The Joplin Globe, Joplin, MO

Lifestyles

August 30, 2013

Show celebrates music, culture, vets of '60s

BRANSON, Mo. — Amber Campbell loves the music of the 1960s.

"There are so many great songs," said the La Russell native. "It's timeless music. You can understand the words, and you are not embarrassed to have your mom or your grandkids with you. It's just good, clean music and fun."

For Campbell, the music from the decade that spawned the Vietnam War, Woodstock and hippies isn't just a musical attraction, it's her livelihood. Campbell and her husband operate and perform in the "#1 Hits of the '60s" show in Branson.

The couple and their cast of characters entertain audiences six days a week at the Caravelle Theatre, located at 3446 W. Highway 76 in Branson. The show is in its 11th season. Campbell and her performing spouse have owned the show for four years.

"I just like the '50s and '60s music and the demographic," she said. "This is music that people who come to Branson love to hear. We could rewrite the show every year and have 100 different songs every year and never run out of material."

While the focus of the show is on '60s hits Ñ songs from Motown, the British Invasion and other chart-topping American hits Ñ a few '50s songs are featured during the preshow. But that will change next season: Audience requests for '50s music have influenced Campbell to consider adding a second decade of hits to the lineup.

"We just announced that next season we will be '#1 Hits of the '60s and '50s', too," she said. "There is so much great music from the '50s that we decided to drop some of them in."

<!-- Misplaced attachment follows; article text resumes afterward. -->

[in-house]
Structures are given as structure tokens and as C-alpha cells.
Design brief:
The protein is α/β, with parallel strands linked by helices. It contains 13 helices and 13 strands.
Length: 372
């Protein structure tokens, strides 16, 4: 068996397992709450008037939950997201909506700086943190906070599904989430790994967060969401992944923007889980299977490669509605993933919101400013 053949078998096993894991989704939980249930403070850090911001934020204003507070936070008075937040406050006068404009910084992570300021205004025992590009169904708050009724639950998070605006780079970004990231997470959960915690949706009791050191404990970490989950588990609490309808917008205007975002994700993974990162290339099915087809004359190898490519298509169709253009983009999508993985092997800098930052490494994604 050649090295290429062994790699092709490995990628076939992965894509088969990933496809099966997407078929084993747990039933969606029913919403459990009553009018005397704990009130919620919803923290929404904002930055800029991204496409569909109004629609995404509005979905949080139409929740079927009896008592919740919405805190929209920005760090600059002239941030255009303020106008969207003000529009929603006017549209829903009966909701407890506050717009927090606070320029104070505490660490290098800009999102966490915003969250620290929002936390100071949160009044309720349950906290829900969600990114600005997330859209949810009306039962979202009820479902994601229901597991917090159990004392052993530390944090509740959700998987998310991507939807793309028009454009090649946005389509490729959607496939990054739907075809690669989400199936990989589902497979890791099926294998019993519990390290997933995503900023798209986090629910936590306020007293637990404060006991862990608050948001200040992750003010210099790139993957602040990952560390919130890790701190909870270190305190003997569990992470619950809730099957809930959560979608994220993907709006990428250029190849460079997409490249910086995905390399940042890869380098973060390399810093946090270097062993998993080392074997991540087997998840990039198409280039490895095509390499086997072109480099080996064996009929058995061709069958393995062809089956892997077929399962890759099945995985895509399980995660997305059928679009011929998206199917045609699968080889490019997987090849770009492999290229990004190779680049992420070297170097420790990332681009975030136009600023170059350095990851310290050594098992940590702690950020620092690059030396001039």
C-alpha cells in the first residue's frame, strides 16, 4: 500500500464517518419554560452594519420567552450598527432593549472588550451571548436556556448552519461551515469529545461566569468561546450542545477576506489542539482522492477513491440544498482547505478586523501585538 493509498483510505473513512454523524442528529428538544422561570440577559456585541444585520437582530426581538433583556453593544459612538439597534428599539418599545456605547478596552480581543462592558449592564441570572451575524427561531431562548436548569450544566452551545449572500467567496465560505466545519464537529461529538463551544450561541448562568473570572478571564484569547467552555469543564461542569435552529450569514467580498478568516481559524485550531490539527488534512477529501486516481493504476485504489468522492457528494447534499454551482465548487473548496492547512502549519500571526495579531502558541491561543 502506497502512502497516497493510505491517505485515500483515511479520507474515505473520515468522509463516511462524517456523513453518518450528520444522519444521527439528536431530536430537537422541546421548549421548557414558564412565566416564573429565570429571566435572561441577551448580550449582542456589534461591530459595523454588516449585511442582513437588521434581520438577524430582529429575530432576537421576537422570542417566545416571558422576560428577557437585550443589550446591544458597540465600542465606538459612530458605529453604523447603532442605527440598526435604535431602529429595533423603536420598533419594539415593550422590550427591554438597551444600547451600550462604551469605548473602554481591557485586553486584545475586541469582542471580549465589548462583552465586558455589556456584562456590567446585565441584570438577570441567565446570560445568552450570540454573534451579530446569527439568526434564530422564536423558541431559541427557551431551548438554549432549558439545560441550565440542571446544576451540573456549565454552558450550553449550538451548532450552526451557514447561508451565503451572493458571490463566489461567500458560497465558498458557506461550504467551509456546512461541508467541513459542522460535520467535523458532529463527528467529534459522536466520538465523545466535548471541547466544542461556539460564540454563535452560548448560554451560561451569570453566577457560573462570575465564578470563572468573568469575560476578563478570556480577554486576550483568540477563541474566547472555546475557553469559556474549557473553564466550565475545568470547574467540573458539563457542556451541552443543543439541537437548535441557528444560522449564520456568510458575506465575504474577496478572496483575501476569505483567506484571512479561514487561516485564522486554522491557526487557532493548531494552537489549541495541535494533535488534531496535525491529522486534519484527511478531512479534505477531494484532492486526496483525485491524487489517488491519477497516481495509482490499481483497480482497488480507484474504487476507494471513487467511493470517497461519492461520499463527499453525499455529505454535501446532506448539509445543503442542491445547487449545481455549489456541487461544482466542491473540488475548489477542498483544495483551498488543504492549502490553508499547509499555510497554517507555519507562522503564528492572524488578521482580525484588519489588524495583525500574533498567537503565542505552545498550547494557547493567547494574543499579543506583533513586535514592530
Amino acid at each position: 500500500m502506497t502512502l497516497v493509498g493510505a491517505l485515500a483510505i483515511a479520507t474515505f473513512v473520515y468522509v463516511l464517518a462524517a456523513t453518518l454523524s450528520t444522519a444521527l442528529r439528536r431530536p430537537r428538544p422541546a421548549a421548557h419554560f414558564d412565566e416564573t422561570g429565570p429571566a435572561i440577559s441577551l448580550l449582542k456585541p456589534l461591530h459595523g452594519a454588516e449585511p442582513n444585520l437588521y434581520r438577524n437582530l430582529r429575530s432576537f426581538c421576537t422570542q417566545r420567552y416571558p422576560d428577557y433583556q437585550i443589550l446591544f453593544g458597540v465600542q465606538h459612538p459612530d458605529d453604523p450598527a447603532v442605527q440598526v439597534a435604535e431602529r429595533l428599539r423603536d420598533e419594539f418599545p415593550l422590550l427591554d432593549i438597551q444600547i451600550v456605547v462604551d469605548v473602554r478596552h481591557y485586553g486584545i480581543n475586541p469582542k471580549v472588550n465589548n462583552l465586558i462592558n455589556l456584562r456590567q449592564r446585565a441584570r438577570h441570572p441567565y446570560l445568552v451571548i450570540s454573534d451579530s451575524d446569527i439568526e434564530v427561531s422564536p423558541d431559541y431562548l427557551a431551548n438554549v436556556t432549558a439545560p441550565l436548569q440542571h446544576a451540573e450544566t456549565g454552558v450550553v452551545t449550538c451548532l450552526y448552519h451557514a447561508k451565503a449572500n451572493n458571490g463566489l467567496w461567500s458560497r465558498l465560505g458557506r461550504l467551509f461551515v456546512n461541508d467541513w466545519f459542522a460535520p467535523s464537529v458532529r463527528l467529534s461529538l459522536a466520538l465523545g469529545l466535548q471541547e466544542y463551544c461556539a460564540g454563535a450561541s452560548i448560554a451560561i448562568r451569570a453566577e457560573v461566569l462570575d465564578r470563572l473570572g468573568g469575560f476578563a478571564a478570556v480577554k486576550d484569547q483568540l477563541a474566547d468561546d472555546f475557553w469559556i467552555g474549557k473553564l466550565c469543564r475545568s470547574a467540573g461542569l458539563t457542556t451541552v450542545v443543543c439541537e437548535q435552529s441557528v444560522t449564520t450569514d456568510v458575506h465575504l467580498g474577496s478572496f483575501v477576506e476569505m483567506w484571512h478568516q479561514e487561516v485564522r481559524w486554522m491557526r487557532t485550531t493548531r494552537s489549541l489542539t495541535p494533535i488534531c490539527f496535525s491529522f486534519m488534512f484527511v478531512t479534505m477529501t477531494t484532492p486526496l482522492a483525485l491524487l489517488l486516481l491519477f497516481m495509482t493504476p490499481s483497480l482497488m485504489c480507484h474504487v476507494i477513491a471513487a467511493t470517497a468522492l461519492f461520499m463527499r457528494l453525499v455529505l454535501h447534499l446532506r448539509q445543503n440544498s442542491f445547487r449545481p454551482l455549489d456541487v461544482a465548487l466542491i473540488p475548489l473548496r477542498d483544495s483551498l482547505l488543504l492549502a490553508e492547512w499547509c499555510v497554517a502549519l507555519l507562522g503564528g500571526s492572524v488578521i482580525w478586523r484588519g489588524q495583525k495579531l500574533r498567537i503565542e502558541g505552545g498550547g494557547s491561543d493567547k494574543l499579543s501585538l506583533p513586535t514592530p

Not only will the music be different for the 2014 season, sets and costumes will change, too.

"We are going to do a little black and white thing with the '50s and then go Technicolor with the '60s," she said.

Campbell grew up in and graduated high school from La Russell. She attended Southwest Baptist University then sang and danced her way to Branson. She worked onboard the Showboat Branson Belle, waiting tables and holding out hope for a career in entertainment.

Her persistence paid off. After working as a cast member with "#1 Hits," she had the opportunity to invest in her future. It was a big step, she said.

"It's really fun performing, but I never dreamed I would own a show," said Campbell. "When the opportunity came up four years ago to purchase the show, I had never really dreamed (it would have happened). There was a checklist a mile long of things that had to happen, but everything just fell into place. I knew that was the path I was supposed to walk down."

During her journey down that path, Campbell said she's made many friends and is lucky to perform with the talented cast she's assembled. Her female co-stars, Jeanna Kildane and Ashley Jo Deaton, have been with the show for several seasons.

Deaton recently signed a new contract with the show, and Kildane brings a unique element to the show's veterans tribute. Kildane herself is a U.S. Army veteran and was named Army Female Vocalist of the Year in 2002.

"She was a medical supply specialist," Campbell said. "She went to boot camp just like everyone does. She says, 'I had to hold a gun, and if you stand real still, I can shoot ya.' She's a hoot."

Campbell's father was a World War II veteran. The show's tribute to veterans, especially Vietnam-era service members, is important to her.

"It is special to have veterans in the show," Campbell said. "We announce that we have a veteran in the show, and then this skinny little girl comes out. You expect it to be one of the boys."

As Campbell prepares for the Christmas season and the new show in 2014, she said she feels blessed. Unlike the days when Campbell would clock in, pick up a paycheck and go home, now she is invested in the show and her cast of friends and performers.

"I am thrilled," she said. "It's very rewarding when you get up and look in the mirror every day and know that the show's success or failure depends on you. If you want to change something, it starts here. It's nice knowing that everything you do impacts everyone around you. You definitely have 11 families' livelihoods in your hands. It's a responsibility."

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